1. So yesterday I mentioned seeing Neumie on CSN last night it was Eric Frede as an anchor, with the competition between NESN and CSN that Frede is out at NESN


  2. Another nice job in the Metro piece Bruce.

    But, it is nice to know that when not scrambling from one cable outlet to one or the other sports radio station is worried about ME, the fan.

    Truly, they are the Guardians at the Gate.


    1. What I meant to type was: when not scrambling from one cable outlet to another cable outlet or from one sports radio station in town to the other.


  3. Very good article by Simmons. In your article Bruce I disagree with you a bit – this guy is getting paid a ton of money and has been here since 2007 and seemingly hasn't any effort at all to learn the language of the people paying him ridiculous amounts of money. He's either stupid or well.. stupid.


    1. Lance, I couldn't disagree with you more. Learning a language isn't easy. Learning English isn't easy at all. And learning English after speaking a non-Germanic/Latin-based language is incredibly difficult. Your facility for learning language as an adult has nothing to do with how smart you are — it's a function of how the language center of your brain is wired. Some people retain the neural "plasticity" — the ability of the brain to make a wide variety of new connections within the brain — that's present in children (who learn languages infinitely more easily than adults). Some don't. The former people pick up languages easily. The latter struggle. But the latter group can still be genius-level intellectuals — they just lack the capacity to easily learn language. You're being incredibly unfair to Okajima by labelling him "stupid" for not speaking conversational English after three years.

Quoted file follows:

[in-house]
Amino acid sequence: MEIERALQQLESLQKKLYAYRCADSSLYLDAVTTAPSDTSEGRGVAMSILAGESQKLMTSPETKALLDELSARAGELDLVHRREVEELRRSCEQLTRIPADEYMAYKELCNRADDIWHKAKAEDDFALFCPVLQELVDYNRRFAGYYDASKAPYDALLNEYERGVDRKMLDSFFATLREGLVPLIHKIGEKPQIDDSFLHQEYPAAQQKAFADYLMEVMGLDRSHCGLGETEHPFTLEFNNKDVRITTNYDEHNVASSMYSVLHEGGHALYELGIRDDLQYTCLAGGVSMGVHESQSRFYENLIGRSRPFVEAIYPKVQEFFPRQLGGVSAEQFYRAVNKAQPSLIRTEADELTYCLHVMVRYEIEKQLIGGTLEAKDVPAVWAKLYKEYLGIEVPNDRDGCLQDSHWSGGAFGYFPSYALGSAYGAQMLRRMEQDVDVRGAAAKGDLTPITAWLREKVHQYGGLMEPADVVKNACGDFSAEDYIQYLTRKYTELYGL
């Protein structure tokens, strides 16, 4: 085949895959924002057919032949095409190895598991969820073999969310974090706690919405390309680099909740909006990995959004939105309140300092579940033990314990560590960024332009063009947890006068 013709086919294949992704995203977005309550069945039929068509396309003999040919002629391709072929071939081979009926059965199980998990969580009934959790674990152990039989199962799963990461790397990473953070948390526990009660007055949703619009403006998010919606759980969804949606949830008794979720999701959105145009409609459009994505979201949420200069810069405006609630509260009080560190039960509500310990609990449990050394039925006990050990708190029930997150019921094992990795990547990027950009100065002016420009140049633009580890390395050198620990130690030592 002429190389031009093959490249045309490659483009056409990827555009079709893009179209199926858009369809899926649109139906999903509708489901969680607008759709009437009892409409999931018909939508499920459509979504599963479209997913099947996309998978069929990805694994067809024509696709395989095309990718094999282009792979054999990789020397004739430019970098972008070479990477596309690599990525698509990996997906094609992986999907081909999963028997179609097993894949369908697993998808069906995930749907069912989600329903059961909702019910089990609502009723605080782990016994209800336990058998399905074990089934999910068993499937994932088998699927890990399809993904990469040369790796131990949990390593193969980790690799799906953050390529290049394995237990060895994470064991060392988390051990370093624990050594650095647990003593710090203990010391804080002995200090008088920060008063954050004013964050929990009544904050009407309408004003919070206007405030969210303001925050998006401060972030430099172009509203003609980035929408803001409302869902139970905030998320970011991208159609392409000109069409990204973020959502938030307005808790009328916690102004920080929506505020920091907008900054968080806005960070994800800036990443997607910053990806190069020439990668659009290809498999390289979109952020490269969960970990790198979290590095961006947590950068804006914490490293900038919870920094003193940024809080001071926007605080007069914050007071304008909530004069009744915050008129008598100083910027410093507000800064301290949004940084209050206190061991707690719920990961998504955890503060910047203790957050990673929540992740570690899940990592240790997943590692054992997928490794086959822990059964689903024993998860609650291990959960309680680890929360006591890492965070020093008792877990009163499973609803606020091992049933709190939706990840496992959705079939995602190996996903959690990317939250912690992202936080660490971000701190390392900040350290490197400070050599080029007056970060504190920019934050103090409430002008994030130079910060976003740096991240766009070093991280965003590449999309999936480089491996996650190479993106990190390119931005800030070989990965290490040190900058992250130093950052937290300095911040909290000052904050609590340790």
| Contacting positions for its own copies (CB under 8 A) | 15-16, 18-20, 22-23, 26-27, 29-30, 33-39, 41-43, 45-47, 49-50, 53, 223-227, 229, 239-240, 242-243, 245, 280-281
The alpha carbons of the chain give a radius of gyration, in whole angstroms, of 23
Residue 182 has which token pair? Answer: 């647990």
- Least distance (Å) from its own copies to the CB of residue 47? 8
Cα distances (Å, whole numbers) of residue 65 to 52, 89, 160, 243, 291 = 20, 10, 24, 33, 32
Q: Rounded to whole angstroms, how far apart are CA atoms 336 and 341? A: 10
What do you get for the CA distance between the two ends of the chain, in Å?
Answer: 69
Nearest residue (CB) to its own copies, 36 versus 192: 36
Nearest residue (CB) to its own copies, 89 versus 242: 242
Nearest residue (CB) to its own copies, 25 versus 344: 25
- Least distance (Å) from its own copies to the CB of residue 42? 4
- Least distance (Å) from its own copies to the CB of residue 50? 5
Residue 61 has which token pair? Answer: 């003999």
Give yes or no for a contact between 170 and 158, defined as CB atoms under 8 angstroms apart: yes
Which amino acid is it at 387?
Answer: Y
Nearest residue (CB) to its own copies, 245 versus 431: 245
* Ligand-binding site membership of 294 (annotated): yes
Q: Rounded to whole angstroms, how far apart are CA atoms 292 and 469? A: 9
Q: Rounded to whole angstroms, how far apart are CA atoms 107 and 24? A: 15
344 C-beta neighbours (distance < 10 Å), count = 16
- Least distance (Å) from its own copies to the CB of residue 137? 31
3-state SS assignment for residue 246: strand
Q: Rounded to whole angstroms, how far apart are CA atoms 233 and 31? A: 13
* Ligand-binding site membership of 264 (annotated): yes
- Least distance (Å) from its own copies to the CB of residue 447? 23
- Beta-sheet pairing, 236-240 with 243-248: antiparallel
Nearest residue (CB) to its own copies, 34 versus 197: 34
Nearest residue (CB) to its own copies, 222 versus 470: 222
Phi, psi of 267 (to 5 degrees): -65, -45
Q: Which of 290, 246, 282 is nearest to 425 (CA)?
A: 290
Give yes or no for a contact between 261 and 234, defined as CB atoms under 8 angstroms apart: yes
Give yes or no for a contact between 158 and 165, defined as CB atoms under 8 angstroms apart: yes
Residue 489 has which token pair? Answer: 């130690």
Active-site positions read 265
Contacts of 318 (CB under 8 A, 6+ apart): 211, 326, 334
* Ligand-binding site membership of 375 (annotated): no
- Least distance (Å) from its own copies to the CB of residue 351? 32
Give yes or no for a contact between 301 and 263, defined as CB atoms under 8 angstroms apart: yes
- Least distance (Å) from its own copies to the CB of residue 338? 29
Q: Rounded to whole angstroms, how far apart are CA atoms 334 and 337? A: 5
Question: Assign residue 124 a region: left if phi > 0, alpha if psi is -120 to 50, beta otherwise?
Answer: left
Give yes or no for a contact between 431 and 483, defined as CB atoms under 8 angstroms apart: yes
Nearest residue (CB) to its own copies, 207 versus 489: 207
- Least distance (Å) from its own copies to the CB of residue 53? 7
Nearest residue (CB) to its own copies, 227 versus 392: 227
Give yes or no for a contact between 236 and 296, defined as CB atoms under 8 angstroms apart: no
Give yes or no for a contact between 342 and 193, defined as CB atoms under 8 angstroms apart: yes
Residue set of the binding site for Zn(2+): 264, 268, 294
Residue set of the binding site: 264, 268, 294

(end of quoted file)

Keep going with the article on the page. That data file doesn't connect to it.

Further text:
Layer on top of that the fact that Okajima is in a field where the subtle nuances of every statement coming out of a player's mouth is analyzed, re-analyzed, broken down, re-re-analyzed, and dissected looking for signs of team discord, frustration with the manager/teammates/organization/umpires, etc etc etc etc etc. — and if you say the wrong thing in the wrong way, it can cause serious repercussions for you, your teammates, or your entire organization. You can't just be conversational in a language to avoid completely effing yourself in that world — you need to be fluent. And unless he's a whiz at languages, Okajima almost certainly wouldn't be fluent in English after three years.